When I think of beige interiors, for some reason, I think it applies to a Modern settings. The simplicity of that color, a monochromatic color scheme, just says Contemporary. When you upholstery furniture is beige, or really any other neutral colored solid, you instantaneously look at that piece of furniture for its sculptural shape. When something is upholstered in a busy fabric, like a floral, your eye looks at the fabric pattern, versus that piece of furniture’s silhouette. So if my opinion is right, beige colored upholstery, even on the most antique style of furniture, gives it more of a contemporary vibe. The fabric color transitions it from the old, to a more modern look.
So, now go and look through interior decorating magazines. Study the beige, and one color neutral rooms. Look for the textures used on upholstered furniture and rugs. Notice the variety of tones of color they used to decorate those spaces. Take what you have learned here, and now know what elements make up a room that is visually attractive to you. Happy Decorating!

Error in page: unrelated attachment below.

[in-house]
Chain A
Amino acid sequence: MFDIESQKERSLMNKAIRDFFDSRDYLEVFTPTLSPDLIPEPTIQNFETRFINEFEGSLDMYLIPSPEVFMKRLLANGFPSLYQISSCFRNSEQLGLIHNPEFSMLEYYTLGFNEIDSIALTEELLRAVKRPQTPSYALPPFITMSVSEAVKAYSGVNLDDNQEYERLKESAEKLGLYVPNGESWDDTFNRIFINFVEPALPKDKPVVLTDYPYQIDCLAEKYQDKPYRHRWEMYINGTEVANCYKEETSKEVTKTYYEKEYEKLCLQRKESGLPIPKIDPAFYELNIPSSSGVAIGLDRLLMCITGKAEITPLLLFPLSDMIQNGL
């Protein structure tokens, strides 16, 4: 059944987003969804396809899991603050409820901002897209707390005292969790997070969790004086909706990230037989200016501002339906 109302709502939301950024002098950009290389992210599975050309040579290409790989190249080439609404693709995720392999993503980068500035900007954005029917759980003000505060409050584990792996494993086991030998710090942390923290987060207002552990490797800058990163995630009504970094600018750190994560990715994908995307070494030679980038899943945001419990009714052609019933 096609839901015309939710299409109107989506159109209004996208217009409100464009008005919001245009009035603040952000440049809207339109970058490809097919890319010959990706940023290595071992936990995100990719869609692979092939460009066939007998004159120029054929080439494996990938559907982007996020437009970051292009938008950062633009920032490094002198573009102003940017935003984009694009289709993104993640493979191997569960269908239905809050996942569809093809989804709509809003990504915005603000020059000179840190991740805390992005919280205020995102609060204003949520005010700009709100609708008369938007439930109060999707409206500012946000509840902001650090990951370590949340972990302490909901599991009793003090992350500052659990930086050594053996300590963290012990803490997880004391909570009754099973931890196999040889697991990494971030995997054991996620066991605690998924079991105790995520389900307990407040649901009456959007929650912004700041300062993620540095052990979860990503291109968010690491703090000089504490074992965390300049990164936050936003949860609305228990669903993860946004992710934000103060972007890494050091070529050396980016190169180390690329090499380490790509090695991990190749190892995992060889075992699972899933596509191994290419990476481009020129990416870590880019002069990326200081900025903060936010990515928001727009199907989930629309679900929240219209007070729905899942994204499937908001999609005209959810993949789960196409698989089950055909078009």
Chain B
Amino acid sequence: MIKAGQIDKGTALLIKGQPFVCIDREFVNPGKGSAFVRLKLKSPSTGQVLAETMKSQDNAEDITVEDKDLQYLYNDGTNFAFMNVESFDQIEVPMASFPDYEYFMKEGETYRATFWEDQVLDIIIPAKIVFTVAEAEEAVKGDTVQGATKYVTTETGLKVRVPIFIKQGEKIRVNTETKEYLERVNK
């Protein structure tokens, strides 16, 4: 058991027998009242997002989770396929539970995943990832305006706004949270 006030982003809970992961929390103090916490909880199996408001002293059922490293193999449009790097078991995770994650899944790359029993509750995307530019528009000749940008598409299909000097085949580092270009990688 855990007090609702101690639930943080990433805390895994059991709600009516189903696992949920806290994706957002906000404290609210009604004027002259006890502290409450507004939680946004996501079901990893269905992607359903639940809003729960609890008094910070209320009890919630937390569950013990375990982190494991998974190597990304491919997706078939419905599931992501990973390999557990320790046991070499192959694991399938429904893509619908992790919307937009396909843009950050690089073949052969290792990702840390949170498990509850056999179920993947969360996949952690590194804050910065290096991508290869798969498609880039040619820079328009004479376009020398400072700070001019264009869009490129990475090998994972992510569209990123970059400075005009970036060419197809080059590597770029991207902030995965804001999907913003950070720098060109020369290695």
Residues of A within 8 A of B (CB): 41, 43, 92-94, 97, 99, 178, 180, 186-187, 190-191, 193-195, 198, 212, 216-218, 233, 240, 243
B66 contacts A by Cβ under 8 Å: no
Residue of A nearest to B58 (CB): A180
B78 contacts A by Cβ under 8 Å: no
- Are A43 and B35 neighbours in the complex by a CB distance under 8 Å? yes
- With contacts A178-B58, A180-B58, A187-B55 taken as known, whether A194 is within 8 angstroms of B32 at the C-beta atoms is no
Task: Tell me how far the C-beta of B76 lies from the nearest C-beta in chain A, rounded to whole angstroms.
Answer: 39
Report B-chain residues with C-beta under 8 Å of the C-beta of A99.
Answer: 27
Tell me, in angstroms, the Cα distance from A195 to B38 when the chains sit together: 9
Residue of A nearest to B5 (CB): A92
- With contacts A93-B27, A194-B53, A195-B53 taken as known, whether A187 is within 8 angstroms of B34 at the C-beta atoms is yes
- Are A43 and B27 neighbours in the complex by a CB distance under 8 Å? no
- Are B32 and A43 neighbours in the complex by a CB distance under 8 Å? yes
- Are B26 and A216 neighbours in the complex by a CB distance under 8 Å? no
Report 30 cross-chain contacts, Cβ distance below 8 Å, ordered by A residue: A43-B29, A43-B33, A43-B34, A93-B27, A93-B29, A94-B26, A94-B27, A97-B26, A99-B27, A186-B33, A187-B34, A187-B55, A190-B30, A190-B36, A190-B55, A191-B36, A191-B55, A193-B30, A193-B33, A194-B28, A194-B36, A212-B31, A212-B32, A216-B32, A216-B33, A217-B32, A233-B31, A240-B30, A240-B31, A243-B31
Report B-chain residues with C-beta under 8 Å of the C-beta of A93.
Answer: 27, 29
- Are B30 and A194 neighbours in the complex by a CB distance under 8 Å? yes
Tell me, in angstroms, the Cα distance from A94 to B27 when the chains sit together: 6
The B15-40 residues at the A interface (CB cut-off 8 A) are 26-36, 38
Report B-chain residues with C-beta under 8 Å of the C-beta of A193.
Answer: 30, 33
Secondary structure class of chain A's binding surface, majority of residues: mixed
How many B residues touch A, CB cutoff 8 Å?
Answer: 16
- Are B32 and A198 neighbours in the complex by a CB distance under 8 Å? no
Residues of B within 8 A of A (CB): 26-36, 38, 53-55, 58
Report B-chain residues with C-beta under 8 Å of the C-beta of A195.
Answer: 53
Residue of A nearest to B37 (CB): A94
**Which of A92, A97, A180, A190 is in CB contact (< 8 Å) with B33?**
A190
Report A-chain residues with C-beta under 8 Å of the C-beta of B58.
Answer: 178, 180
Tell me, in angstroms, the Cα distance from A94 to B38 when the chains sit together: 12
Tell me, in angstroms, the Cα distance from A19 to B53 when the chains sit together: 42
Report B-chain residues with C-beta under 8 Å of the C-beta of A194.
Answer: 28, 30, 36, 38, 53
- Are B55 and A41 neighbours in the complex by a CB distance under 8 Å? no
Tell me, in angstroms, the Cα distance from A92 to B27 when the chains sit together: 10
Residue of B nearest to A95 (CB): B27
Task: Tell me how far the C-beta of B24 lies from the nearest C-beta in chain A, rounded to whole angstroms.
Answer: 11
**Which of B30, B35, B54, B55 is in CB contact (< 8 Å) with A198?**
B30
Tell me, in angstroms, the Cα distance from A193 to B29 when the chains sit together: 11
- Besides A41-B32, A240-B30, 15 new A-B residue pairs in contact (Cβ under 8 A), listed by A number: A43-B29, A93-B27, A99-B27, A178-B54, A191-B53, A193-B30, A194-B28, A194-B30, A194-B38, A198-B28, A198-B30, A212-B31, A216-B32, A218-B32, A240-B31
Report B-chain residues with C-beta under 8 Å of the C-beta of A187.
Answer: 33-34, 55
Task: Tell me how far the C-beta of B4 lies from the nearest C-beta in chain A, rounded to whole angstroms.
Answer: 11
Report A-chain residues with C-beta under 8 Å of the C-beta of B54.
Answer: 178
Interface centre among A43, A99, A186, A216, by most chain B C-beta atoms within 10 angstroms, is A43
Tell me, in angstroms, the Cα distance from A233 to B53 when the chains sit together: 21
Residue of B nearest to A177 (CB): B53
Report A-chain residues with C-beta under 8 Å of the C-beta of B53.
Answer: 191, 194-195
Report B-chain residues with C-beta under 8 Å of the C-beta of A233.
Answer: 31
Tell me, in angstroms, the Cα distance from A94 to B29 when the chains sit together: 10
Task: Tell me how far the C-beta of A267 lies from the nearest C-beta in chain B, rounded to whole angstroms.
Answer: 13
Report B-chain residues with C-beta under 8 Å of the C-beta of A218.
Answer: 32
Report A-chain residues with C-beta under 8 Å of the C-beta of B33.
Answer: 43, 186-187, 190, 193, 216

Add Color to a Beige Room with Accessories 4-2-2011,
The Right way to hang curtains and drapes. 5-3-2011,
The Right height of a table lamp for your end table. 5-19-2011,
Matching the Right Shape End Table with a Table Lamp 1-12-2014,
Looking at Different Shapes of Lamp Bases 12-20-2013,
Paint a Room a Dark Color then ADD Light Accents 3-27-2011,
How to Pick the Perfect GRAY PAINT..A Popular Color Choice of the Moment 2-15-2014,
Arranging Furniture TWELVE Different Ways in the Same Room 9-15-2012,
Arranging Furniture, so Sofas talk to Chairs, Like the Pros Do 9-7-2012,
Pick (Use) Four Colors when Decorating a Room 3-7-2011,
Interior decorating is all about Equal Balance. 2-27-2011,